Keep Lifts Between the Knees and Shoulders
How did this lifting range come into existence? Some might say experience and logic got us here. Actually, this guideline was developed through historical research done by the National Institute for Occupational Safety and Health (NIOSH) using mechanical models and understanding the mechanism of injury.
The NIOSH lifting equation1 is used to predict the risk of injury based on the weight being lifted. The equation uses a load constant of 51 pounds. This was the starting load that 99 percent of male and 75 percent of female workers could handle safely in perfect conditions. However, perfect conditions don’t exist in our manufacturing and manual lifting worlds.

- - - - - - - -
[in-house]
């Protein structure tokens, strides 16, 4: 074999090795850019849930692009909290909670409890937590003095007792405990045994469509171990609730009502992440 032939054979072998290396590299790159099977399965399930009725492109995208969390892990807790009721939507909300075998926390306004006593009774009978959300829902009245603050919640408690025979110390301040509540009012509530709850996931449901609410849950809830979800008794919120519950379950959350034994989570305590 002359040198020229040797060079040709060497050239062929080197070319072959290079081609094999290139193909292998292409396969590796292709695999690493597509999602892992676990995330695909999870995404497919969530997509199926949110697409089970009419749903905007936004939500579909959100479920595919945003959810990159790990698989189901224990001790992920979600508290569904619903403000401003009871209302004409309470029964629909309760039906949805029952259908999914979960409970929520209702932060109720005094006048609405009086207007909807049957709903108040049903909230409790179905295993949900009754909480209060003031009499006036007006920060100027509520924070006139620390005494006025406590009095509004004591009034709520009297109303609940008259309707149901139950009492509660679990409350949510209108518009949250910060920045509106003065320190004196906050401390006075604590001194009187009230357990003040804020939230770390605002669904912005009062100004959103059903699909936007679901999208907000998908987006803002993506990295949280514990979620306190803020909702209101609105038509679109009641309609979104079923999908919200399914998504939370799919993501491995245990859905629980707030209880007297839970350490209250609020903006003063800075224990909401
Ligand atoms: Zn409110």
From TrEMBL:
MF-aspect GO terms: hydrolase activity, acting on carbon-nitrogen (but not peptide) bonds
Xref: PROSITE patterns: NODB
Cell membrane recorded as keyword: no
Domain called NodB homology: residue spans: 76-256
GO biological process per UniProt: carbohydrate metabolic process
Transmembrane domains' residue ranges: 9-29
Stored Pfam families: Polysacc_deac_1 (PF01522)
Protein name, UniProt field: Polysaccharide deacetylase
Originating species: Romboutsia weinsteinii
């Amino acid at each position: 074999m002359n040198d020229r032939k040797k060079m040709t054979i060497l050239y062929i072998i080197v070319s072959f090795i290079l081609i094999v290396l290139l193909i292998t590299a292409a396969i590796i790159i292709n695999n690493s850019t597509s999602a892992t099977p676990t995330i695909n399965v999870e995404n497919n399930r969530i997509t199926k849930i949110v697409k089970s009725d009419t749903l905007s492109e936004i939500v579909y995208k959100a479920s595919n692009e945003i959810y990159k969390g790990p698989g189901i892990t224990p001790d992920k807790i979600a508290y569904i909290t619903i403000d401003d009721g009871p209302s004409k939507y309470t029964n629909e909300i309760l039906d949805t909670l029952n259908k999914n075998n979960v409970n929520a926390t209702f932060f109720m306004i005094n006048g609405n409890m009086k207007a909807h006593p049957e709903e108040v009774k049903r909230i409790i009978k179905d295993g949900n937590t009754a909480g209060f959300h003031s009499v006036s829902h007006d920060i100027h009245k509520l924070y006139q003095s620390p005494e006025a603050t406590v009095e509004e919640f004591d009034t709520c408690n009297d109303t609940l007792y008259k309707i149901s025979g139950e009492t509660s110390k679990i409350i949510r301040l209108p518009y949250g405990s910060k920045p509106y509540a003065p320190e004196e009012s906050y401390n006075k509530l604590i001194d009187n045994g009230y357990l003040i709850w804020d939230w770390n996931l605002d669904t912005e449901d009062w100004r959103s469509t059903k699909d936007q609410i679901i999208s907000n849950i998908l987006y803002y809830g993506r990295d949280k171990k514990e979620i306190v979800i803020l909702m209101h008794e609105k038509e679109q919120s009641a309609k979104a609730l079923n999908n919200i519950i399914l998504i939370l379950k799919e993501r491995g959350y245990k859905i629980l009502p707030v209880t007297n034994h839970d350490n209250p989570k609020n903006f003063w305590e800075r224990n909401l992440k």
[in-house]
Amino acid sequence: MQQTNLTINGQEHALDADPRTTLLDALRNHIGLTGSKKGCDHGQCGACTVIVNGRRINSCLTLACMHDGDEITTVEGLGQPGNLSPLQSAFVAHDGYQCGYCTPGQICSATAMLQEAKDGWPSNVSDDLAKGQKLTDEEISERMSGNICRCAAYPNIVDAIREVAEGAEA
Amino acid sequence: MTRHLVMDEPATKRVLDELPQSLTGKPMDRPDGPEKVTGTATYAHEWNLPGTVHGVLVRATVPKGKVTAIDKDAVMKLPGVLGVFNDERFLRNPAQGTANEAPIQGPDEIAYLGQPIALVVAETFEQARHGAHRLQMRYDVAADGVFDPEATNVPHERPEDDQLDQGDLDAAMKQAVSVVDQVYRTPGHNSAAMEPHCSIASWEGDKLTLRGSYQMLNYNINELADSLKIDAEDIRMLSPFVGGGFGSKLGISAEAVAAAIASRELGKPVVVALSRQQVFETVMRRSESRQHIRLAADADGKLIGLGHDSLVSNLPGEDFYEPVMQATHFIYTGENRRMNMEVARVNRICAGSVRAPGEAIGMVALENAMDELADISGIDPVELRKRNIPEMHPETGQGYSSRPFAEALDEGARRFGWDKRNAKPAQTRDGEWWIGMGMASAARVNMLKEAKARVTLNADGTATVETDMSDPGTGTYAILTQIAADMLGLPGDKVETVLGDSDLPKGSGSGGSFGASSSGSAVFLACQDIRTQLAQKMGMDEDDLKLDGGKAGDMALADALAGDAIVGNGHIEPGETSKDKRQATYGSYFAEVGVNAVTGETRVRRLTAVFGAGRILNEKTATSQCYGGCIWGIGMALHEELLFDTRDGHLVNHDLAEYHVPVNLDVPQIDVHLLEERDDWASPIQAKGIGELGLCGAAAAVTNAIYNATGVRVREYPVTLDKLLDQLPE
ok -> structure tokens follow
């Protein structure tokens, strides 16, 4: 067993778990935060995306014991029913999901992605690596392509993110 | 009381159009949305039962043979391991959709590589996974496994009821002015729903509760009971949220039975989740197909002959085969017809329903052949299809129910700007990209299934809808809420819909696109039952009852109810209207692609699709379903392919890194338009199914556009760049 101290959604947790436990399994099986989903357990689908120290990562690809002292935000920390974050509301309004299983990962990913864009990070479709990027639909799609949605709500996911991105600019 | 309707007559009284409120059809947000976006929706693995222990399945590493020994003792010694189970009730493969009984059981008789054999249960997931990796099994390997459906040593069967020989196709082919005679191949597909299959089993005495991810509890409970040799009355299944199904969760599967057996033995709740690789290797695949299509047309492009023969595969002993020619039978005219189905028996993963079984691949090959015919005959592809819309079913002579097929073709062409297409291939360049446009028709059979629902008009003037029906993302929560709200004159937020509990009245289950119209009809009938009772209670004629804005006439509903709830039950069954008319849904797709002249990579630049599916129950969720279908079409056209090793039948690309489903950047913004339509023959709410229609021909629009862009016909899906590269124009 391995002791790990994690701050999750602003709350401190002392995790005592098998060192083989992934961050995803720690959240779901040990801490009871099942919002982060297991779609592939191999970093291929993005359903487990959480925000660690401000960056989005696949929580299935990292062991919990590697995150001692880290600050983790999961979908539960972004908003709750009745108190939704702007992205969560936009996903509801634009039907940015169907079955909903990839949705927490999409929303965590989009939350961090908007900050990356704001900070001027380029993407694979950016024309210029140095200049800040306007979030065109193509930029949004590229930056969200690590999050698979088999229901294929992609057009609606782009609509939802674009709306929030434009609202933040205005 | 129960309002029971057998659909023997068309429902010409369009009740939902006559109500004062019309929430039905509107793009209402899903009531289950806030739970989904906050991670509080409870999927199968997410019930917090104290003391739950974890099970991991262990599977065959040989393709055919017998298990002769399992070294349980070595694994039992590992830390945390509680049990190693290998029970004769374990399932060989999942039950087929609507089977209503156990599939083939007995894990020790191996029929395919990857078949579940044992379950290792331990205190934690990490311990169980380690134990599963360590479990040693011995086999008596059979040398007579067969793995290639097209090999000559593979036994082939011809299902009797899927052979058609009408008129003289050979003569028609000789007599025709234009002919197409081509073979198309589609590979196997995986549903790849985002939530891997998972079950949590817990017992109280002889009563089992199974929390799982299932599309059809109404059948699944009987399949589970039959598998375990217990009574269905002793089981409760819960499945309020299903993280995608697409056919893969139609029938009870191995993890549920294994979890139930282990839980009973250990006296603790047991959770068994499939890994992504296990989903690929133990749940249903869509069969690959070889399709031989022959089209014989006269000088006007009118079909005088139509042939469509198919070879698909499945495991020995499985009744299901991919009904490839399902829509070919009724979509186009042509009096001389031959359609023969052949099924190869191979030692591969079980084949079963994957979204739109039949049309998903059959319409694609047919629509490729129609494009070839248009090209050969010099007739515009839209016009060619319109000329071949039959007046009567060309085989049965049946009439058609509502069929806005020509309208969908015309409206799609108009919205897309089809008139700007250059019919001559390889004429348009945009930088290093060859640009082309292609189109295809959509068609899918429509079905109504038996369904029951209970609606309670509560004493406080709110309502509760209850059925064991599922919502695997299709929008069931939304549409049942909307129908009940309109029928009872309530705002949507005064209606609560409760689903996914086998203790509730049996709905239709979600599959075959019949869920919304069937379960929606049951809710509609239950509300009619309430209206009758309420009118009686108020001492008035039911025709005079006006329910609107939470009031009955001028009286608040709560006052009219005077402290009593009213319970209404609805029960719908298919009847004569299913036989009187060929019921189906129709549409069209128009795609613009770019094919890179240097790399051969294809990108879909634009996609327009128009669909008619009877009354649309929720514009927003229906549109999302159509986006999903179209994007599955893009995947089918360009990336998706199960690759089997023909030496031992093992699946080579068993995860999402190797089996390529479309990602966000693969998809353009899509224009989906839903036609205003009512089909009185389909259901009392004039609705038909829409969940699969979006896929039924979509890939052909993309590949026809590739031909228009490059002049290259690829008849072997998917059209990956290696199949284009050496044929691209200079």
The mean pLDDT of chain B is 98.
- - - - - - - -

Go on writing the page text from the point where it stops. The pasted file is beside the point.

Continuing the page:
The equation accounts for these imperfections (such as reaching and vertical distance) and chisels away at the 51 pounds as risks increase. Once all considerations are accounted for, the final recommended weight limit is calculated. This is often something less than 51 pounds.
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Related Training DVDs:
Safe Lifting in Construction
“Safe Lifting” provide the information employees need to protect their backs when they are lifting and carrying. View Product
Lifting Safely with Back Belts Training Video
Lifting Safely with Back Belts looks at how the back works and how wearing back belts can provide support. View Product
Safe Lifting Training Video DVD
Covers: The back’s structure and function, preparing for a lift, the mechanics of safe lifting, planning a “carry”, & more. View Product